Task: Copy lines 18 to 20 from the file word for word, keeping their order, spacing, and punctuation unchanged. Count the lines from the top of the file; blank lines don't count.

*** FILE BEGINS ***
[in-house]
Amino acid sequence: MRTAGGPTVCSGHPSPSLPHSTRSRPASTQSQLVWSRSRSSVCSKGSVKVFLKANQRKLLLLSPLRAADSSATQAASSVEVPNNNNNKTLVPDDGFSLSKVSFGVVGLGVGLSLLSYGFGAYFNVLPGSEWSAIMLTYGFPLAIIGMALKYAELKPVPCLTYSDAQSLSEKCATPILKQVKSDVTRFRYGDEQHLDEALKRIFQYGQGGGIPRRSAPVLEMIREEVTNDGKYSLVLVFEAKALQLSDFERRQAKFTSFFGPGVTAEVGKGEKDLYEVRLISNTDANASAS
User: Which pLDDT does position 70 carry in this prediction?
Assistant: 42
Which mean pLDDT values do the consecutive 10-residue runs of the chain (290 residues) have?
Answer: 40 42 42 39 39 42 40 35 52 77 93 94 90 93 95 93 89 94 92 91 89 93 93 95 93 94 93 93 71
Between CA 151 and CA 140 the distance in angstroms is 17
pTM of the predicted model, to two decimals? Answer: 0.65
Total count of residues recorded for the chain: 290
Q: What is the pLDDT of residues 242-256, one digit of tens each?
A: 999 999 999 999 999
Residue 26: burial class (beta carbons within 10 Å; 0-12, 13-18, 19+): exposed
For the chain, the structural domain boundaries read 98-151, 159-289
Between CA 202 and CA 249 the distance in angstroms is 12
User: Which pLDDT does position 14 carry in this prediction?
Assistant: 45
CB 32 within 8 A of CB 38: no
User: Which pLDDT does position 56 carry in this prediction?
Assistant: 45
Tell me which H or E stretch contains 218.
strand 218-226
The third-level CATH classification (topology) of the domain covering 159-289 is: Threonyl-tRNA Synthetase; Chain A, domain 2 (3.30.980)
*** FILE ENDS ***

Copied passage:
User: Which pLDDT does position 56 carry in this prediction?
Assistant: 45
Tell me which H or E stretch contains 218.